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ANNIE OF LOCHROYAN.

O cherry, cherry was her cheek,

And gowden was her hair,
But clay cold were her rosy lips,

Nae spark o' life was there.

And first he kissed her cherry cheek,

And syne he kissed her chin, And syne he kissed her rosy lips, –

There was nae breath within.

O wae betide my cruel mother!

An ill death may she die !
She turned my true love frae my door,

Wha came sae far to me.

O wae betide my cruel mother,

An ill death maun she die!
She turned fair Annie from my door,
Wha died for love o' me.'

Scottish Border Minstrelsy.

(Glossary. — Jimp, slender ; tows, ropes ; jawing, dashing.)

COME O’ER THE SEA.

COME o'er the sea,

Maiden! with me,
Mine through sunshine, storm, and snows.

Seasons may roll,

But the true soul Burns the same where'er it goes. Let fate frown on, so we love and part not ; 'Tis life where thou art, 'tis death where thou art not!

Then come o'er the sea,

Maiden! with me;
Come wherever the wild wind blows.

Seasons may roll,

But the true soul
Burns the same where'er it goes.

Is not the sea

Made for the free,
Land, for courts and chains alone ?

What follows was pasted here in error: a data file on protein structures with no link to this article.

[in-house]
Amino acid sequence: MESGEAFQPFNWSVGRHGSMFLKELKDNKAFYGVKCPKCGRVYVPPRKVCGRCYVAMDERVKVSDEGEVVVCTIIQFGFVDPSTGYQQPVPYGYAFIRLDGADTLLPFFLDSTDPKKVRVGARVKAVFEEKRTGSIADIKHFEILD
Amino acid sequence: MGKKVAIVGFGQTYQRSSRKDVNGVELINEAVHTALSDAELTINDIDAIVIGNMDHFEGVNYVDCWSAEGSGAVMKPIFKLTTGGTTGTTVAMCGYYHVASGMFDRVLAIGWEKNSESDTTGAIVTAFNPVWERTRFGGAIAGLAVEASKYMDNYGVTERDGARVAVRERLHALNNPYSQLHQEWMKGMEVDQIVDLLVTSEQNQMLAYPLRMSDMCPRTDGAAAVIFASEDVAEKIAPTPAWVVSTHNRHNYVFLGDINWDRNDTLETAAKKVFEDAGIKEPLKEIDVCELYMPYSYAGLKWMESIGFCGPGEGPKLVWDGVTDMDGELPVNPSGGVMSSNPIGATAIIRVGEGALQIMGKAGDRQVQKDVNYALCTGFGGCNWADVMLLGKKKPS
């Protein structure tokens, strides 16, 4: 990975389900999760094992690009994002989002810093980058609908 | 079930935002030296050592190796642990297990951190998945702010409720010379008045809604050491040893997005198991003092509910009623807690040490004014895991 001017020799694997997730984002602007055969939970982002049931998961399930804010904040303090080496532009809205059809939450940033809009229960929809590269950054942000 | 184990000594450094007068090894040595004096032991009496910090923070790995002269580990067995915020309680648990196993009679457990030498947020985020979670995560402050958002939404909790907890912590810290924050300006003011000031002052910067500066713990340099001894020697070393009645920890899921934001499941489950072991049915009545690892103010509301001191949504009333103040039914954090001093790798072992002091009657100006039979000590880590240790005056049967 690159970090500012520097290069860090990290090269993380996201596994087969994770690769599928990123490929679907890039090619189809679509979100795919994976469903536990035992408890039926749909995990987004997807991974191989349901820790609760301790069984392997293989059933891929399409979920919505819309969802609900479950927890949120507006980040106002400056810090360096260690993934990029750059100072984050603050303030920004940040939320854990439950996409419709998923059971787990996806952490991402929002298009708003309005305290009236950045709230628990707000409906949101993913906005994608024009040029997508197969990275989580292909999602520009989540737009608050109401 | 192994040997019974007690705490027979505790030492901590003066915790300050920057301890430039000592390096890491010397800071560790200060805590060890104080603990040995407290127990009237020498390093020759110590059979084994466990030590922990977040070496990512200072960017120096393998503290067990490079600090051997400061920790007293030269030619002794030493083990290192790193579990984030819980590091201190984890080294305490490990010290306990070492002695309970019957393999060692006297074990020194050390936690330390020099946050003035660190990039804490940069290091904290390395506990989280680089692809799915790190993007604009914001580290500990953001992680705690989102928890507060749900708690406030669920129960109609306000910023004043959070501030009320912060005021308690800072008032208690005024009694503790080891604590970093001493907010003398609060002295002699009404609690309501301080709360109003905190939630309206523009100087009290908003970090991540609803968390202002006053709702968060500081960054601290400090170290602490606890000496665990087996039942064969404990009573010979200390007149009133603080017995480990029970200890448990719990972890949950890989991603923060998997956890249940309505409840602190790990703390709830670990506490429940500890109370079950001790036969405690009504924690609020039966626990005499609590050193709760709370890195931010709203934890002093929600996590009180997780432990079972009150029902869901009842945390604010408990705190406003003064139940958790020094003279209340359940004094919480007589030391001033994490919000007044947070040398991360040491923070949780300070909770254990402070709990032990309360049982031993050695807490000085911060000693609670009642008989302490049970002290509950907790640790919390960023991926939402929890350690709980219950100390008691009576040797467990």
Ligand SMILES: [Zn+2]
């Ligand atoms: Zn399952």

Here we are slaves,

But on the waves,
Love and liberty's all our own.

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No eye to watch, and no tongue to wound us,
All earth forgot, and all heaven around us !

Then come o'er the sea,

Maiden! with me;
Come wherever the wild wind blows.

Seasons may roll,

But the true soul
Burns the same where'er it goes.

MOORE.

BY THE ROLLING WAVES.

By the rolling waves I roam,

And look along the sea,
And dream of the day and the gleaming sail,

That bore my love from me.

His bark now sails the Indian seas,

Far down the summer zone :
But his thoughts, like swallows, fly to me

By the northern waves alone

Nor will he delay, when winds are fair,

To waft him back to me;
But haste, my love! or my grave will be made,
By the sad and moaning sea.

R. H. STODDARD

SONG.

Come on the bright sea lonely,

O maiden fair and free,
Come homeless and friendless, and only

With me, with me!
My boat on the blue wave heaves :

See! what a fairy thing, With its pennons, mast, and keel; 'Tis but a little shell —

But there I am king !

The Earth is made for the slave,

O maiden free!
But for man, the true and brave,

The boundless sea;
Waves whisper in their flow

A mystery
Of a secret spell they know,
Of Life and of Love, and oh!
Of Liberty !

From the French of De Vigny. O MAID OF ISLA.

O Maid of Isla, from the cliff

That looks on troubled wave and sky,
Dost thou not see yon little skiff

Contend with ocean gallantly?
Now beating 'gainst the breeze and surge,

And steeped her leeward deck in foam,
Why does she war unequal urge? -

O Isla's maid, she seeks her home!

O Isla's maid, yon sea-bird mark !

Her white wing gleams through mist and spray

As to the rock she wheels away. Where clouds are dark and billows rave,

Why to the shelter should she come Of cliff, exposed to wind and wave ?

O maid of Isla, 't is her home!

Scott.

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